Better sleep for the stressed student
- Stick to a sleep schedule and regulate your body clock: each day, the same time to bed and the same time to wake up.
- Practice a relaxing bedtime ritual. A passage to read, a spot on the wall to stare at, a breath to take deeply – all without the glare of bright lights. Take a warm bath. You need time to move into sleep mode.
- If you have trouble sleeping, avoid naps, especially in the afternoon. Power naps be gone!
- Exercise daily. Even light exercise is better than none.
- Evaluate your room. Your bedroom should be a reasonably cool temperature, say between 60 and 67 degrees, free from noise, light, and humidity.
- Sleep on a supportive mattress and pillows. No uncomfortable dents or depressions to lie upon.
- Use natural bright light to help manage your circadian (natural) rhythms. Steer clear of bright light in the evenings and get sunlight in the morning.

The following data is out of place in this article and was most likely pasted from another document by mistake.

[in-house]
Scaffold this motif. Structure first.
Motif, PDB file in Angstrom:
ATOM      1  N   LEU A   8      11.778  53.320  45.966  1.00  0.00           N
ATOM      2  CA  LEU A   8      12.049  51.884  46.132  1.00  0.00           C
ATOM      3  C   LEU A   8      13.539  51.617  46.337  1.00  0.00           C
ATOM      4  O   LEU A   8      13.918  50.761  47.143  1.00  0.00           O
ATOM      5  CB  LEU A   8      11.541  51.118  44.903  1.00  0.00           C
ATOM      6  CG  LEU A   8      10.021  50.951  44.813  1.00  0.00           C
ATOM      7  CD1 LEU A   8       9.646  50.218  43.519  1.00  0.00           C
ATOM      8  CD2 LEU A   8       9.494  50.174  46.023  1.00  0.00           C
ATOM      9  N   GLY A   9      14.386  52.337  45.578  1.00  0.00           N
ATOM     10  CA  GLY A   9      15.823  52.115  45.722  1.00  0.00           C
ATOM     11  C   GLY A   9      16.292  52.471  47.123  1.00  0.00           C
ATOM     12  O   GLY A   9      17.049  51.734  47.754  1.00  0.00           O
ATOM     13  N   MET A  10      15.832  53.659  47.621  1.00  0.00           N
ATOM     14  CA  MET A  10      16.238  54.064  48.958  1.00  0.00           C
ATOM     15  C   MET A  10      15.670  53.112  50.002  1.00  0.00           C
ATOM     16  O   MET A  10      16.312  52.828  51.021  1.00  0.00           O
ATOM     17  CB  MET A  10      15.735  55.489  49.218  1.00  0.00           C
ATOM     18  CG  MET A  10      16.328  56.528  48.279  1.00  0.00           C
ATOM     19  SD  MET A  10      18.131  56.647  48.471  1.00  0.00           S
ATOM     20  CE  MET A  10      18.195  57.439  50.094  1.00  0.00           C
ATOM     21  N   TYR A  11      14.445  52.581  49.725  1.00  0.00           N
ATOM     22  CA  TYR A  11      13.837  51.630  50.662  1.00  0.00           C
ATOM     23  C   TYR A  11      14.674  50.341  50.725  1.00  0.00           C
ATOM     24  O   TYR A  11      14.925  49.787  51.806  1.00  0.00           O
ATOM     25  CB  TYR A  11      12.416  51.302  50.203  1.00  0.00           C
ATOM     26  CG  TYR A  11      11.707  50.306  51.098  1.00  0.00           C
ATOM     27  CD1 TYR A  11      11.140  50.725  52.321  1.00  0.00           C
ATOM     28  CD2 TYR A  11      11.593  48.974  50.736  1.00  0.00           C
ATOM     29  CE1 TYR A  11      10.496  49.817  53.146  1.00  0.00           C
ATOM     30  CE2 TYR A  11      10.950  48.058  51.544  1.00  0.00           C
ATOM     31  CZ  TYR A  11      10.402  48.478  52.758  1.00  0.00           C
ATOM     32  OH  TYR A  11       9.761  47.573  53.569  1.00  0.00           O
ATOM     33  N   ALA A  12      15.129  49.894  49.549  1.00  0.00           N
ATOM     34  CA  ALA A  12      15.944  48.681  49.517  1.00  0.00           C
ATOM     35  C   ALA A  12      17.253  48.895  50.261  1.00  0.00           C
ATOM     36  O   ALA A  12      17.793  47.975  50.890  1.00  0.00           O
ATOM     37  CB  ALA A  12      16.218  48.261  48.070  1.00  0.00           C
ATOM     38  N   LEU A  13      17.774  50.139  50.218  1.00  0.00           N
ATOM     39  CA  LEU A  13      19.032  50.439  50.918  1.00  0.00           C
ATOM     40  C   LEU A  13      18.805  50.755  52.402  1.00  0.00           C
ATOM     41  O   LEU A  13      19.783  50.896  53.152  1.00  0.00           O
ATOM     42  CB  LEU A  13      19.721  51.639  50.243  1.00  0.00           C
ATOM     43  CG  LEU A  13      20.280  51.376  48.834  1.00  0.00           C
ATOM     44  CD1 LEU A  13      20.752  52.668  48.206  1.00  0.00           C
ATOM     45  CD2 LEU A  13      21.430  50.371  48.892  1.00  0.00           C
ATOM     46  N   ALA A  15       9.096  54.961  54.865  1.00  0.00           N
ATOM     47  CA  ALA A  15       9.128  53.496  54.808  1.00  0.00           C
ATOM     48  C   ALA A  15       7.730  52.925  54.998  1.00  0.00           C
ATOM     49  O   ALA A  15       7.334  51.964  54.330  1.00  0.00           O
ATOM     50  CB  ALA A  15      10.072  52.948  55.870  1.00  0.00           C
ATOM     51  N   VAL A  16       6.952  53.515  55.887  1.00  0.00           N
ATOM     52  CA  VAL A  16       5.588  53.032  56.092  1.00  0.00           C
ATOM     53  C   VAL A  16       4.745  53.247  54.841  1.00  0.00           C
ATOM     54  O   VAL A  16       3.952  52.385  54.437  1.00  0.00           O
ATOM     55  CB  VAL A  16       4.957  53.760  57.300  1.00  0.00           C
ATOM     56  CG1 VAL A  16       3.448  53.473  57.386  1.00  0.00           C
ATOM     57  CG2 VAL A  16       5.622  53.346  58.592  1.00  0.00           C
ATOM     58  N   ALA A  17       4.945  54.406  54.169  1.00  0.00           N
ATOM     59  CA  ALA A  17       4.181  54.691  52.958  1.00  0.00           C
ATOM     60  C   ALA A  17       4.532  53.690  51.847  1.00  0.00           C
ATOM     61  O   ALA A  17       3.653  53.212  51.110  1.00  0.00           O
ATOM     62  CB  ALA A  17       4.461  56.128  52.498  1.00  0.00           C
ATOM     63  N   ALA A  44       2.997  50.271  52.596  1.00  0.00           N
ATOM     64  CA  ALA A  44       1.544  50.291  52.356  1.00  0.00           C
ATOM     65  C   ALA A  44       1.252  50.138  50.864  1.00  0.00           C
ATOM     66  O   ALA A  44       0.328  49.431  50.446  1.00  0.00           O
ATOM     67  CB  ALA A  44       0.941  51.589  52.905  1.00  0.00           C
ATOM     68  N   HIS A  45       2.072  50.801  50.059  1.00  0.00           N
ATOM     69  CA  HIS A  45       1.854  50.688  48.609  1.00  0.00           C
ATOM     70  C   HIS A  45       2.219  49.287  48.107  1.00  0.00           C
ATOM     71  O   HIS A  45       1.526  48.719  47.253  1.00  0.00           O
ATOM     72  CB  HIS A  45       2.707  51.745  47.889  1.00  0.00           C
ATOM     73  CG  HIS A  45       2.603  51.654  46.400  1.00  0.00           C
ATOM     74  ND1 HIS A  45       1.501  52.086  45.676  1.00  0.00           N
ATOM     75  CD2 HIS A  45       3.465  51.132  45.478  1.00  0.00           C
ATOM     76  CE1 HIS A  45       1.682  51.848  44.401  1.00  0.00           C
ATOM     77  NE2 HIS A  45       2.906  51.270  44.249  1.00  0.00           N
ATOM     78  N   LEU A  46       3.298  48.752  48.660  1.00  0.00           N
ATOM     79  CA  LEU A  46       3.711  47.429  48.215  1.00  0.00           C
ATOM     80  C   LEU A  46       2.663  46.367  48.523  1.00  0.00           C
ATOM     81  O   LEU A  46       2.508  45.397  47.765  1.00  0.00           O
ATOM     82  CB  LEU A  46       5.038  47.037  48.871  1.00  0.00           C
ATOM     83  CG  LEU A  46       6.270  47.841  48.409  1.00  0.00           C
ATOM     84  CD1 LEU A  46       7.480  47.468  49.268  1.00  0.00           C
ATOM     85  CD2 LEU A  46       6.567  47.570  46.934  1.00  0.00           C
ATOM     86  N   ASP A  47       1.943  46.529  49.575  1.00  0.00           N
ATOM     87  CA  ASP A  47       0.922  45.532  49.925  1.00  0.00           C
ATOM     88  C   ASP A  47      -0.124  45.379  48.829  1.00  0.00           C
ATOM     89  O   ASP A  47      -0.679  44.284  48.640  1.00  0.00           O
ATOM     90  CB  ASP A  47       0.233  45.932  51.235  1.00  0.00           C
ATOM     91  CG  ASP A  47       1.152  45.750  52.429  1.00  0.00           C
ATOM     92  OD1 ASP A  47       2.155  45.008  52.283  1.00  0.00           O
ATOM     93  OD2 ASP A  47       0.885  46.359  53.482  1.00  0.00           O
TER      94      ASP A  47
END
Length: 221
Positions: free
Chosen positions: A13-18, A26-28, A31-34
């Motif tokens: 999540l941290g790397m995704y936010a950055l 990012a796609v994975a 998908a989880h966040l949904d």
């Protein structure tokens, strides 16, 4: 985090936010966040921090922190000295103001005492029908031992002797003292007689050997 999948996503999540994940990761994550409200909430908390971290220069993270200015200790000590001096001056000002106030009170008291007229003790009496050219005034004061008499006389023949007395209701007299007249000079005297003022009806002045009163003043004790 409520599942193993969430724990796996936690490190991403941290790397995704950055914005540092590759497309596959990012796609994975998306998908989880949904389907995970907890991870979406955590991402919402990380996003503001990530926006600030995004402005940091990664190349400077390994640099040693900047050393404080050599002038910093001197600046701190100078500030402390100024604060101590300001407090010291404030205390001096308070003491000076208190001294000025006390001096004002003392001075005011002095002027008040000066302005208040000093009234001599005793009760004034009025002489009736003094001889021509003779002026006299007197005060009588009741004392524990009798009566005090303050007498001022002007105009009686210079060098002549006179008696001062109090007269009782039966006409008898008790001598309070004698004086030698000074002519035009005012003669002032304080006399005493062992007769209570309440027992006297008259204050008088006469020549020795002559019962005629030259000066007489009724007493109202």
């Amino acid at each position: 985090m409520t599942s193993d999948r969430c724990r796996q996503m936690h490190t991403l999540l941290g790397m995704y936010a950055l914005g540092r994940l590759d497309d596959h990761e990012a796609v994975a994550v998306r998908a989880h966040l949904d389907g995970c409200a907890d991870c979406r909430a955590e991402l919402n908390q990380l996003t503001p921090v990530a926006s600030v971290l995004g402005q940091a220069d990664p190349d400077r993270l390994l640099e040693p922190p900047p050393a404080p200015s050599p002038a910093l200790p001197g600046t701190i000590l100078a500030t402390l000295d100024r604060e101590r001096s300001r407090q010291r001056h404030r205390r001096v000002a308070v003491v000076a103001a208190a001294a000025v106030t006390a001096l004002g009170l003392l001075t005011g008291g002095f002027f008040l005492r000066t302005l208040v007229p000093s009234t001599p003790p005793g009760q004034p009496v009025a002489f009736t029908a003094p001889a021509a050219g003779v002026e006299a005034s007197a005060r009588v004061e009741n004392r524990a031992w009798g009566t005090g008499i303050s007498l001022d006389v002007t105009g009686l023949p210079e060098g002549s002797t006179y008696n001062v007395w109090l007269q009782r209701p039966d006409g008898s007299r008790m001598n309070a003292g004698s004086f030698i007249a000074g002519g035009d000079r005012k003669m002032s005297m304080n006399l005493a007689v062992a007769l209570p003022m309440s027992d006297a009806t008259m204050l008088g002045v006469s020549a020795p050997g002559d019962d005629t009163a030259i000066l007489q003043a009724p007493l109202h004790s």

- Avoid alcohol, cigarettes, heavy meals, caffeine, and other stimulants in the evening. Try not to eat large meals for two to three hours before bedtime.
- Avoid using electronic devices near bedtime. Screen light stimulates the brain – so no using laptops, readers, mobiles, and tablets for an hour or two before you retire for the night.
- If you can’t sleep, go into another room and do something relaxing until you feel tired. Strengthen the association between bedroom and sleep. If you can, avoid studying in the bedroom.
- Tryptophan: found in poultry, pulses, and seeds.
- Serotonin: created by having Tryptophan in the body.
- Melatonin: get this by sleeping in a dark environment.